Australia has recently seen the national conversation injected with a new push by some for the introduction and utilisation of nuclear energy going...
In July a fire broke out at the Tesla battery project in Moorabool, a locale near Geelong, Victoria. Fortunately, the fire was put out before too long, but it certainly wasn't an ideal piece of news for those pushing for more public support for battery farms. You can't change the past, but you can learn from it - and this has become a teachable moment. So let's look now into whether battery farms are dangerous and how the infrastructure of other energy sources stacks up in comparison.
Battery Farms Are Not Dangerous
Any particular battery farm could encounter an issue. Obviously, that has occurred for some reason at Moorabool recently. But in terms of the science of battery farms generally, they are safe. Suffice to say, extensive research has occurred prior regarding the technology behind battery farms. Their safety is also evidenced by the fact there are a number of battery farms already in operation in multiple countries, and there are plans to bring many more online soon.
The conversations that have been generated since this event surrounding energy sources have been very worthwhile. This is because while the technology behind battery farms is safe, the reality is the same can't be said for other types of energy infrastructure. It's worthwhile to unpack this further in discussing other energy sources now.
We Need to Chat About Coal
Coal is known to be a dirty fuel. Its contribution to CO2 emissions is widely recognised. But unfortunately, it's not just with rising global temperatures - though horrible that consequence of course is - that the drawbacks of coal use are apparent. To those who've lived near the power plants, the impact of coal power production can be very direct and apparent. Due to the fine particle pollution that occurs when a coal power station emits, a number of harmful substances such as sulfur dioxide can make their way into the air.
It's no surprise then that higher rates of respiratory diseases have occurred among residents living near a coal power plant. And unfortunately, many of these diseases have been very serious, with numerous people contracting lung cancer and sadly even dying as a result of these illnesses. It's yet another illustration of why those arguing for a future for coal in Australia really need to reflect on how much harm coal has already caused in the past.
A Lot of Hot Air Around Natural Gas
In recent times some politicians in Canberra have effectively anointed natural gas as the saviour of Australia's energy sector. There is no controversy surrounding the fact that natural gas is indeed cleaner than coal. But at the same time, there's also no disputing that having an apple for dessert will be healthier than a whole tub of ice cream.
Natural gas plants can emit around 93% less nitrogen oxides than coal. Yes, that’s better. But given solar panels emit no greenhouse gases at all when in operation it's far from ideal. Getting Australia's (and the world's) energy future right isn't like choosing a dessert after dinner. There are going to be huge consequences in the long term when choosing an unhealthier option. That's why although natural gas is better than coal, it's still not an argument for it.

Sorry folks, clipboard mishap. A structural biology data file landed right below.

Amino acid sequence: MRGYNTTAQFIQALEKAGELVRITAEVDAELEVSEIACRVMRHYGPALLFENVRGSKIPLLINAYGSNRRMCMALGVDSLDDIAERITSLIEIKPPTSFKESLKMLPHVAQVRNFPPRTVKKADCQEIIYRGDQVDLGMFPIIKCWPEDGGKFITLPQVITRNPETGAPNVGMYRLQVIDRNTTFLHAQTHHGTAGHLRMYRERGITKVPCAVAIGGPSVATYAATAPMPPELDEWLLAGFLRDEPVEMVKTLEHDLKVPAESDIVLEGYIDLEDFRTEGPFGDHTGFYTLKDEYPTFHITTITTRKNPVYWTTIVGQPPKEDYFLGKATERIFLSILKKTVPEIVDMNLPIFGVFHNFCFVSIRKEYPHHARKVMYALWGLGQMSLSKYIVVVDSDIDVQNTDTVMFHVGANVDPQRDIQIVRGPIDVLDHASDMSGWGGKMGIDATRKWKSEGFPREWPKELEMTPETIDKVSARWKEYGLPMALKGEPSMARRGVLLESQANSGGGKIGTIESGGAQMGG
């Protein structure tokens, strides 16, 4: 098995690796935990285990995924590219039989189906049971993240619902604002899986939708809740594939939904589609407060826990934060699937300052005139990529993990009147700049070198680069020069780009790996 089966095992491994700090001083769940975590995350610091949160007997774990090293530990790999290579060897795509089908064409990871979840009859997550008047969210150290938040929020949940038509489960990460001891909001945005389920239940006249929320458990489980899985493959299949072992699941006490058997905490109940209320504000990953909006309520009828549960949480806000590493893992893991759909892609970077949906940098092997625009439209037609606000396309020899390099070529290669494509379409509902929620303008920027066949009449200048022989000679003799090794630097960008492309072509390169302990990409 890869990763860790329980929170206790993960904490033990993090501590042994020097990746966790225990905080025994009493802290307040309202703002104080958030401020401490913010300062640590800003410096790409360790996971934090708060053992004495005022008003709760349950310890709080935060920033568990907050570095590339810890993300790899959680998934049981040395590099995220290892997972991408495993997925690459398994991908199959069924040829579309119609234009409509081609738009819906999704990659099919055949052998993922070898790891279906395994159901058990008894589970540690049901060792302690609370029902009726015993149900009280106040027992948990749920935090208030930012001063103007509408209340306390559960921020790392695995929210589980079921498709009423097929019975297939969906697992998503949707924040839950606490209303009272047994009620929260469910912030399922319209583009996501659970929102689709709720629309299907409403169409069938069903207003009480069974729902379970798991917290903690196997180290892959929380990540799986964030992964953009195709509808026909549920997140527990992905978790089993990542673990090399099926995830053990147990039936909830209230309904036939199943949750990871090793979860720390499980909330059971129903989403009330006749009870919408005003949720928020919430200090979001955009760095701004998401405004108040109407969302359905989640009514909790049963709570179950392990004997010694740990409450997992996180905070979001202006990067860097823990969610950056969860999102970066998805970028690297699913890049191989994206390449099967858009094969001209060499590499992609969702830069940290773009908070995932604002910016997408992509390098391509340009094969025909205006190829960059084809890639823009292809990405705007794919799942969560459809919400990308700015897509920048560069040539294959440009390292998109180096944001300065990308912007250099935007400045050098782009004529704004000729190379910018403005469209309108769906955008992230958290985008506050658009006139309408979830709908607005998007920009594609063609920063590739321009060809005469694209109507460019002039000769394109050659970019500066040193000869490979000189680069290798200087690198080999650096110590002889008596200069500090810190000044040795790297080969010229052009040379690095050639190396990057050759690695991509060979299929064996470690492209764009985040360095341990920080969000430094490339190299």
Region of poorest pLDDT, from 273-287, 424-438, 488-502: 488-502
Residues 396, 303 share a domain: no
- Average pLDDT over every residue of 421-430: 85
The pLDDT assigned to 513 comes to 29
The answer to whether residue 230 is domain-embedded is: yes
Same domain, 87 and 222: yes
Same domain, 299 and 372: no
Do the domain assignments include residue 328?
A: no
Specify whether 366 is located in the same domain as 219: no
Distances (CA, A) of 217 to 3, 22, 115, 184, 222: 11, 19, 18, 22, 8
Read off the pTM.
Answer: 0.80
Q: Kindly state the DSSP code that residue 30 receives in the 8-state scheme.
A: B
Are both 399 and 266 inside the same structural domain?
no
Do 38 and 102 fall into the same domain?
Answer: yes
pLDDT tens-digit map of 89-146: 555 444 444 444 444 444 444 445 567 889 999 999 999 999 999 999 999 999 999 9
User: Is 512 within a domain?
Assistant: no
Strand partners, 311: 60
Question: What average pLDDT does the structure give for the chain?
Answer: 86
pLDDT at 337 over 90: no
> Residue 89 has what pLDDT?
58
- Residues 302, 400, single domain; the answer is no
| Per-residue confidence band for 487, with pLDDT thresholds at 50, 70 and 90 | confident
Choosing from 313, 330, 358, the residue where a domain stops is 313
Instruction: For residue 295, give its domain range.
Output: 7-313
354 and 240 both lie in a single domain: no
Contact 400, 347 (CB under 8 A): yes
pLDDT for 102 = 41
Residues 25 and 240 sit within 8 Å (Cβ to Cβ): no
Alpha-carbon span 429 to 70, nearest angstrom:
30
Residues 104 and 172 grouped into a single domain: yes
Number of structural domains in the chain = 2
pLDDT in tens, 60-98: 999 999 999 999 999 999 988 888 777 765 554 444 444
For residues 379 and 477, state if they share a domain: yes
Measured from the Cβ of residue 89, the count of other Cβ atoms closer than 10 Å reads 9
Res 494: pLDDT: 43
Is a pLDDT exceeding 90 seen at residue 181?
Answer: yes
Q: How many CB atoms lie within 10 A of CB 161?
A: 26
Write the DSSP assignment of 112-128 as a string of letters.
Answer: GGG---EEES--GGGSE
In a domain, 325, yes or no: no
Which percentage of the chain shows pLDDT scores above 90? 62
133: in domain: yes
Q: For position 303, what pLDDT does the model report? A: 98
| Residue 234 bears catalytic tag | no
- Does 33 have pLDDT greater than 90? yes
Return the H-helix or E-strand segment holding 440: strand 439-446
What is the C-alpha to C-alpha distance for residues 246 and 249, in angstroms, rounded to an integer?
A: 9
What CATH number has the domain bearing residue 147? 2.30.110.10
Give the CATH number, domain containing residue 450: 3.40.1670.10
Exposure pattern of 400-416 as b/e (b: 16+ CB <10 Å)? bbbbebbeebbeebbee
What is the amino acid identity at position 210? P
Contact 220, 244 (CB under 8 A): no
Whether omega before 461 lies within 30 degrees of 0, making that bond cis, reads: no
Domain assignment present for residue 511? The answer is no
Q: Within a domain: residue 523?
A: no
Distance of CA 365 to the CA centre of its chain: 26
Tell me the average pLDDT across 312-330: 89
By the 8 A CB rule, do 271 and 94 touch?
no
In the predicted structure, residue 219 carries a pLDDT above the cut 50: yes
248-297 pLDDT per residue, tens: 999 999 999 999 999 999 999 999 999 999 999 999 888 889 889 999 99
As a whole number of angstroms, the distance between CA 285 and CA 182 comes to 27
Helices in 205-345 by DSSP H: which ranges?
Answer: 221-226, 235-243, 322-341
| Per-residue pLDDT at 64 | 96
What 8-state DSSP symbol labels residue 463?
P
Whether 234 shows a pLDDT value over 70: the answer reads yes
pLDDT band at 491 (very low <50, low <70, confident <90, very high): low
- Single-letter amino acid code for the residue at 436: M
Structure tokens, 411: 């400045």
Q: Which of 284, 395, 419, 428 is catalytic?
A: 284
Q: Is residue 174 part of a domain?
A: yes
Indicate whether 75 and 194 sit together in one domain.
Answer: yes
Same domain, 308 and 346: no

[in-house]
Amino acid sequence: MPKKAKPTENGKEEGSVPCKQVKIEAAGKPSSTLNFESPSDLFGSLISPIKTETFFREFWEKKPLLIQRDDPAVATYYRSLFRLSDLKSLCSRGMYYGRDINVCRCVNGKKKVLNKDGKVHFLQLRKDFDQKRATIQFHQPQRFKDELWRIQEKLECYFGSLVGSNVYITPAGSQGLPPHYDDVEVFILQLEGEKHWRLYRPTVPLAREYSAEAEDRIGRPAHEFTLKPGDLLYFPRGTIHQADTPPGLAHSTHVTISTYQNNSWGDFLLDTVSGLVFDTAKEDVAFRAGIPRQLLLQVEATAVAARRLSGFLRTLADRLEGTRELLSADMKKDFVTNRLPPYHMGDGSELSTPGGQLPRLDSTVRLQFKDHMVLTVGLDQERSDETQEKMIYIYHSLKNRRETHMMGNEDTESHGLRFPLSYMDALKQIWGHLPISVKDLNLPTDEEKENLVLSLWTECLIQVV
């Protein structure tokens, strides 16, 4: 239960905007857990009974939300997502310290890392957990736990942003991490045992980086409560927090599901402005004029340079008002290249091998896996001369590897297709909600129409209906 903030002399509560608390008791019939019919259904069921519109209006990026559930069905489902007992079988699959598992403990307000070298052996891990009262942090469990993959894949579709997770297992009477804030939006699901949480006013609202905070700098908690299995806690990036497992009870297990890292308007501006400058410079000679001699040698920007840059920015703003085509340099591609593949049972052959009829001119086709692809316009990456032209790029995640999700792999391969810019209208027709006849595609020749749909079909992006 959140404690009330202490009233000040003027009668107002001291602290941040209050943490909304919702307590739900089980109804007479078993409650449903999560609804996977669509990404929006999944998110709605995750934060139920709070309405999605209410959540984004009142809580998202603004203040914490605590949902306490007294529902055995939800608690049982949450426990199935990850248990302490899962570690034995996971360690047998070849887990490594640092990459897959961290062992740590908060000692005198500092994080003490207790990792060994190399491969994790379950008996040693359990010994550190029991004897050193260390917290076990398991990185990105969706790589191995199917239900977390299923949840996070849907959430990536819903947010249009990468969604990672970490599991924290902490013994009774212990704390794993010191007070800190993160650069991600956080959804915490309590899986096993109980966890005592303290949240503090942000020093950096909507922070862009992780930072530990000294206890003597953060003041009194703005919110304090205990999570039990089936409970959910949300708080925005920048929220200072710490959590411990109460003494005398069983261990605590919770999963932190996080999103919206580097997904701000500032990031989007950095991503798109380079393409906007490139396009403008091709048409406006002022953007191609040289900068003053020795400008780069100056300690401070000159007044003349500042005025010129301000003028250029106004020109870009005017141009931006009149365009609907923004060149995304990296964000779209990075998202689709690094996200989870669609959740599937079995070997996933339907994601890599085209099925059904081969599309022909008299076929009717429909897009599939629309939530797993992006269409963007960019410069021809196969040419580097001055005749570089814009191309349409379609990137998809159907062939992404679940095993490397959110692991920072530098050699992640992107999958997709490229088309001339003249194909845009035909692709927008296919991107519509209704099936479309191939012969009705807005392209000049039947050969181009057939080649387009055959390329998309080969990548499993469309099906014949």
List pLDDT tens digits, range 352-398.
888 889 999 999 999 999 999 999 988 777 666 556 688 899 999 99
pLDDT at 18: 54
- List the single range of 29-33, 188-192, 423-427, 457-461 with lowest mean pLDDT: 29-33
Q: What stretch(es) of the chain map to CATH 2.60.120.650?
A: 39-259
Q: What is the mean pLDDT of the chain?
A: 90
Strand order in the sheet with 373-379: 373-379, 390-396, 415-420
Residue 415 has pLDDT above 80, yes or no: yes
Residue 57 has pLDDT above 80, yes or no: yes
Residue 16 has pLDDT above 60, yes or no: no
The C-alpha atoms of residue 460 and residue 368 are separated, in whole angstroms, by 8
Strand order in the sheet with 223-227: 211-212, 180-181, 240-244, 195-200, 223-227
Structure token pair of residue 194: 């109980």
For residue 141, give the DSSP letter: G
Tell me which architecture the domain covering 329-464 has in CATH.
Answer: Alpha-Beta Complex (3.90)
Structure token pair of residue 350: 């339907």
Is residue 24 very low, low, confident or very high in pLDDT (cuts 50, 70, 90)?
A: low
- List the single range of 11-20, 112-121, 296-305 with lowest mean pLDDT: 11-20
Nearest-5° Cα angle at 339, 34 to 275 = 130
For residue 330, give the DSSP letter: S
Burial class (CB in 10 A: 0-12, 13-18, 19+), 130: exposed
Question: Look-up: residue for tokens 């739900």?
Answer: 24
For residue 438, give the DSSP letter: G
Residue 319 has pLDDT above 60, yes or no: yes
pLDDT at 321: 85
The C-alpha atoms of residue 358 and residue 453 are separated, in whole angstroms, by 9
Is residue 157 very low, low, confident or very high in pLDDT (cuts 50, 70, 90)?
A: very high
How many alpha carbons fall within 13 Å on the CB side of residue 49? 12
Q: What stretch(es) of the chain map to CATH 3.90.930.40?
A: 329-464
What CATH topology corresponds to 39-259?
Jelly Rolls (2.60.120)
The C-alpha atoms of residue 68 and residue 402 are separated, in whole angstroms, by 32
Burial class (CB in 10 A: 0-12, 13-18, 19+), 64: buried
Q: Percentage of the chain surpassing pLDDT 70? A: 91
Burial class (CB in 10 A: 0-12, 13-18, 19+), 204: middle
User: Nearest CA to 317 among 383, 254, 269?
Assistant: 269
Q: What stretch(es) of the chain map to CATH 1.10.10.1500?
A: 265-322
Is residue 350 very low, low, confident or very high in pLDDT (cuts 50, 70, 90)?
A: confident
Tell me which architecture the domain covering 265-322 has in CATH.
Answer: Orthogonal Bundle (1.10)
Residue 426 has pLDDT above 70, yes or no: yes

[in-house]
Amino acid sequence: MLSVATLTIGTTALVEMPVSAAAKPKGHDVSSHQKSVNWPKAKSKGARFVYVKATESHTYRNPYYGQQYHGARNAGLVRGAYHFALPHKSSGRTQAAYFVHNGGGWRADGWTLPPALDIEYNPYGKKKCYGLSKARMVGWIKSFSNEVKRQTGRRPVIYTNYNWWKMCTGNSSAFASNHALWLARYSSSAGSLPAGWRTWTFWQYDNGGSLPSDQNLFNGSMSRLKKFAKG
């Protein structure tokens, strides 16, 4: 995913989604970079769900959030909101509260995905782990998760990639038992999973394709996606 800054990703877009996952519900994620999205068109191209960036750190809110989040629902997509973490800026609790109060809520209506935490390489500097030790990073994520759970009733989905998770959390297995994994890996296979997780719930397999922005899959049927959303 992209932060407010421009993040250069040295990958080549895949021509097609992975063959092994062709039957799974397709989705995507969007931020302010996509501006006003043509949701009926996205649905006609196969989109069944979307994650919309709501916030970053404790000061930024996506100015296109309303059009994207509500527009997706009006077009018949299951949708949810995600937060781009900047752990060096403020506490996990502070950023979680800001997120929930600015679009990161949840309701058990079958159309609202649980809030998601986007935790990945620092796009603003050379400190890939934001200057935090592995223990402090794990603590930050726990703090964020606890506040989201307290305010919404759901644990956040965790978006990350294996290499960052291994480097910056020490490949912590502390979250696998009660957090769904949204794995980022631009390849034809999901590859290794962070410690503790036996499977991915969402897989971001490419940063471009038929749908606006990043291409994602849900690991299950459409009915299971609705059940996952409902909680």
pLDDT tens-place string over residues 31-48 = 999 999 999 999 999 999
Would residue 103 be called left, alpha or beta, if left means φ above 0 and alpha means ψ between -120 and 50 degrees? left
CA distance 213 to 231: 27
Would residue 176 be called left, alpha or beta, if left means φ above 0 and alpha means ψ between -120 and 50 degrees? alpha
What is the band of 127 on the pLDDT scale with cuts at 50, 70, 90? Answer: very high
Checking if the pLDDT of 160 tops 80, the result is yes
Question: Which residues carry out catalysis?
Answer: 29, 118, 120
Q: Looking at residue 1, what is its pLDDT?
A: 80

Why Nuclear Won't Win Popular Support
In the minds of many renewable enthusiasts, nuclear power is a case of 'almost...but not quite'. As distinct from fossil fuel sources, nuclear reactors don't generate carbon dioxide or air pollution while in operation. Furthermore, in a daily sense, the reality is nuclear power is quite safe as nuclear incidents are relatively rare. Yet the potential consequences of them are huge.
Even though it's held there are around 430 nuclear reactors in operation in the world - and an event like Fukushima or Chernobyl happening certainly isn't common - the very idea of such an event occurring sends chills down the spines of Australians (as it does others globally). As a result of this (and other factors) nuclear power has never taken off in Oz. So while any energy source can pose issues if something goes wrong, the fear surrounding nuclear power means when seeking to build a clean and green country, alternatives such as solar power will always be seen as safer.
Moving Ahead with Australia's Green Energy Transition
The fire at Moorabool was surely unfortunate, but it's an isolated incident. Yet the conversations it has given rise to surrounding the broader performance of different types of energy sources out there has unquestionably been a welcome development. This is because it's a reality that there's simply no time to waste when it comes to getting on with the job of Australia going green. There remains hope the world will be able to make the transition to net zero before we reach the 'upper limit' of 2°C hotter than the global temperature was in the pre-industrial age.
This said, it's true that even this limit is far from ideal, as indeed even the temperature rising to 1.5°C - which the Australian Academy of Science has previously declared would be "virtually impossible" to avoid - shall result in a number of very serious consequences. Australia playing a role in seeking to stop the worst of climate change requires us to be bold in this decade. There will surely be some minor setbacks along the way. But pursuing such a path - even with some speed bumps - is surely a far finer course of action than being too timid to pursue a proper plan, and opting for 'transition’ fossil fuels over real solutions.
Solar alongside other renewables lights the path ahead for Australia's energy future. Canberra now just needs to find the courage to follow it.
Q&A with Dr. Paul Sinclair, Director of Campaigns for the Australian Conservation Foundation Dr Paul Sinclair is Campaign Director at the Australian...